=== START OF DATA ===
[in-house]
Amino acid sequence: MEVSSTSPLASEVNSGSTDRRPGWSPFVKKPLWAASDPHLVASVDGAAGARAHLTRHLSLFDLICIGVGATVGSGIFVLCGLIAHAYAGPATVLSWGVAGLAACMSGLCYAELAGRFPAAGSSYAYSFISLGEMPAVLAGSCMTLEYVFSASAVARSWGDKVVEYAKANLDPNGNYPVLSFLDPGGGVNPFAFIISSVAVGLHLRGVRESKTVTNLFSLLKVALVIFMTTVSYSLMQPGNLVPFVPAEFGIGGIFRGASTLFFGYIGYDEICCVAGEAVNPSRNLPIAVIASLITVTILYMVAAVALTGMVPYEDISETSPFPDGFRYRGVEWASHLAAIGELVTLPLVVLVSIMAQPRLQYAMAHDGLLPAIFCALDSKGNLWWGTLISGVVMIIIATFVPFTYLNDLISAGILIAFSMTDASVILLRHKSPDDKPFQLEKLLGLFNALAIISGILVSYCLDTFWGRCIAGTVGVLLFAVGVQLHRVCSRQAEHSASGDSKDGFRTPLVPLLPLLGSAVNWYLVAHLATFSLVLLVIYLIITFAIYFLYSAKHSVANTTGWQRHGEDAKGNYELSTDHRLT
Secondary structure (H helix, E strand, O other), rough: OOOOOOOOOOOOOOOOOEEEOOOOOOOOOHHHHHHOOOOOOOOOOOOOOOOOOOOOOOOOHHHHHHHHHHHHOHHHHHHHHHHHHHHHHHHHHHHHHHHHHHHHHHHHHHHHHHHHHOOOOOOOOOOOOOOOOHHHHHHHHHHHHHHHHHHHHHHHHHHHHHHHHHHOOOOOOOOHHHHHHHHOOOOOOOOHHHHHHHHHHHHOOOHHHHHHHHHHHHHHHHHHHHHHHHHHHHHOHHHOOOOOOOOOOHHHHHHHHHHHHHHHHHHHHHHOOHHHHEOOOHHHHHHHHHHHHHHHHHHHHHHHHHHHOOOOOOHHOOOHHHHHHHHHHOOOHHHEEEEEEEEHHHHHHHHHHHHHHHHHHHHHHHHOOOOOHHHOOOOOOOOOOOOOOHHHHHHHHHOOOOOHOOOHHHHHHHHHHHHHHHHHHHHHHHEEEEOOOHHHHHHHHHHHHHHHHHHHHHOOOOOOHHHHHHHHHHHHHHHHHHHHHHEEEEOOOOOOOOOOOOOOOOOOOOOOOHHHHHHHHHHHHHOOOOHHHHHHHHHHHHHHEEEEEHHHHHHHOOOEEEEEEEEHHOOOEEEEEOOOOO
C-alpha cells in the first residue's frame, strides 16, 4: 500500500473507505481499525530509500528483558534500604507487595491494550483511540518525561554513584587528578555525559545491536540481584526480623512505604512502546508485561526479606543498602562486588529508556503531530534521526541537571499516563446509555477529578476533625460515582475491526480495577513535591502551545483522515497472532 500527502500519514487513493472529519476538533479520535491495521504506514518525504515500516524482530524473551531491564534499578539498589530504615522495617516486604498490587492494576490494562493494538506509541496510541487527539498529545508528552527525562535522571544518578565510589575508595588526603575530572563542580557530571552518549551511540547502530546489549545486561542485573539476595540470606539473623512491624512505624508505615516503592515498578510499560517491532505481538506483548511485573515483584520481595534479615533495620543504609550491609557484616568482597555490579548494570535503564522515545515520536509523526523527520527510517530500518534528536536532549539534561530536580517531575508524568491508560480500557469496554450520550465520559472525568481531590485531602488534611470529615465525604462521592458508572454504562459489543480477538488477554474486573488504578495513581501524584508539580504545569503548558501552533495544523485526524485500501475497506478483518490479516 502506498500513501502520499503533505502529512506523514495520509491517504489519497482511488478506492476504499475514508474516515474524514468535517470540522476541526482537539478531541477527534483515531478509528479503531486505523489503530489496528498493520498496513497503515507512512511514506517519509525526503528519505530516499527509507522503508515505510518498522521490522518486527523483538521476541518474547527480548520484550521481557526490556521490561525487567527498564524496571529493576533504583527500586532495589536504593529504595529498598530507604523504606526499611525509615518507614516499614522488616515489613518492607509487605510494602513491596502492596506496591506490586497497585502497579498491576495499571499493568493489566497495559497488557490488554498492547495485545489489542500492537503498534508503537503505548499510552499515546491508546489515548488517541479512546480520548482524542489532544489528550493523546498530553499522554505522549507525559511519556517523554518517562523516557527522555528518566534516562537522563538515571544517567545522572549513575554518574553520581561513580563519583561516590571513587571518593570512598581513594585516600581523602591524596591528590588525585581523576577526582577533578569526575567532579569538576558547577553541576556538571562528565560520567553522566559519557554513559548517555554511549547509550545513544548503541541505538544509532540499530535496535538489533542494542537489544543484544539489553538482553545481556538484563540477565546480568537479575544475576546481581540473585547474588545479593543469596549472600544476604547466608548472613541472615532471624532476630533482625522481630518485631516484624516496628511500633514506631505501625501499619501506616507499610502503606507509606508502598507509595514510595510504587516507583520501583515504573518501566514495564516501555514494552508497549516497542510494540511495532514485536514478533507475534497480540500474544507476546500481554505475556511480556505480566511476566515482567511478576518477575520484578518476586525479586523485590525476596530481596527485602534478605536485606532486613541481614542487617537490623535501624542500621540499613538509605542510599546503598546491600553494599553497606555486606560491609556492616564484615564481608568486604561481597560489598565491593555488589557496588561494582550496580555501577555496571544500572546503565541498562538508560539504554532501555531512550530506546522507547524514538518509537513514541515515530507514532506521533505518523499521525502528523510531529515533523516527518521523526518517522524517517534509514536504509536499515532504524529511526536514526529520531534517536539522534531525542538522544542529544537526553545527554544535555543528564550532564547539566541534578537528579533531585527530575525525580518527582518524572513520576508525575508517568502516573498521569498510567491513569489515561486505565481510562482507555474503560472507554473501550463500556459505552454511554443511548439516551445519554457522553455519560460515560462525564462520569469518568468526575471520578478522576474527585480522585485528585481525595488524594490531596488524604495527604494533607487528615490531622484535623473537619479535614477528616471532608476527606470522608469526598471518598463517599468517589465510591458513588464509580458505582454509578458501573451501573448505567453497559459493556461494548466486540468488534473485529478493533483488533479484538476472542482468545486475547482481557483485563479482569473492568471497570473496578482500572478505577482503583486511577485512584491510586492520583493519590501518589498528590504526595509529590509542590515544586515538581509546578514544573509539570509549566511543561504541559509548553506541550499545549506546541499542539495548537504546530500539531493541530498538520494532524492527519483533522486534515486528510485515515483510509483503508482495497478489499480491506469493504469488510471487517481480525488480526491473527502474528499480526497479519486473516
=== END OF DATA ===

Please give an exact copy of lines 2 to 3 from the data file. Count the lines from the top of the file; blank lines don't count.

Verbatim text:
Amino acid sequence: MEVSSTSPLASEVNSGSTDRRPGWSPFVKKPLWAASDPHLVASVDGAAGARAHLTRHLSLFDLICIGVGATVGSGIFVLCGLIAHAYAGPATVLSWGVAGLAACMSGLCYAELAGRFPAAGSSYAYSFISLGEMPAVLAGSCMTLEYVFSASAVARSWGDKVVEYAKANLDPNGNYPVLSFLDPGGGVNPFAFIISSVAVGLHLRGVRESKTVTNLFSLLKVALVIFMTTVSYSLMQPGNLVPFVPAEFGIGGIFRGASTLFFGYIGYDEICCVAGEAVNPSRNLPIAVIASLITVTILYMVAAVALTGMVPYEDISETSPFPDGFRYRGVEWASHLAAIGELVTLPLVVLVSIMAQPRLQYAMAHDGLLPAIFCALDSKGNLWWGTLISGVVMIIIATFVPFTYLNDLISAGILIAFSMTDASVILLRHKSPDDKPFQLEKLLGLFNALAIISGILVSYCLDTFWGRCIAGTVGVLLFAVGVQLHRVCSRQAEHSASGDSKDGFRTPLVPLLPLLGSAVNWYLVAHLATFSLVLLVIYLIITFAIYFLYSAKHSVANTTGWQRHGEDAKGNYELSTDHRLT
Secondary structure (H helix, E strand, O other), rough: OOOOOOOOOOOOOOOOOEEEOOOOOOOOOHHHHHHOOOOOOOOOOOOOOOOOOOOOOOOOHHHHHHHHHHHHOHHHHHHHHHHHHHHHHHHHHHHHHHHHHHHHHHHHHHHHHHHHHOOOOOOOOOOOOOOOOHHHHHHHHHHHHHHHHHHHHHHHHHHHHHHHHHHOOOOOOOOHHHHHHHHOOOOOOOOHHHHHHHHHHHHOOOHHHHHHHHHHHHHHHHHHHHHHHHHHHHHOHHHOOOOOOOOOOHHHHHHHHHHHHHHHHHHHHHHOOHHHHEOOOHHHHHHHHHHHHHHHHHHHHHHHHHHHOOOOOOHHOOOHHHHHHHHHHOOOHHHEEEEEEEEHHHHHHHHHHHHHHHHHHHHHHHHOOOOOHHHOOOOOOOOOOOOOOHHHHHHHHHOOOOOHOOOHHHHHHHHHHHHHHHHHHHHHHHEEEEOOOHHHHHHHHHHHHHHHHHHHHHOOOOOOHHHHHHHHHHHHHHHHHHHHHHEEEEOOOOOOOOOOOOOOOOOOOOOOOHHHHHHHHHHHHHOOOOHHHHHHHHHHHHHHEEEEEHHHHHHHOOOEEEEEEEEHHOOOEEEEEOOOOO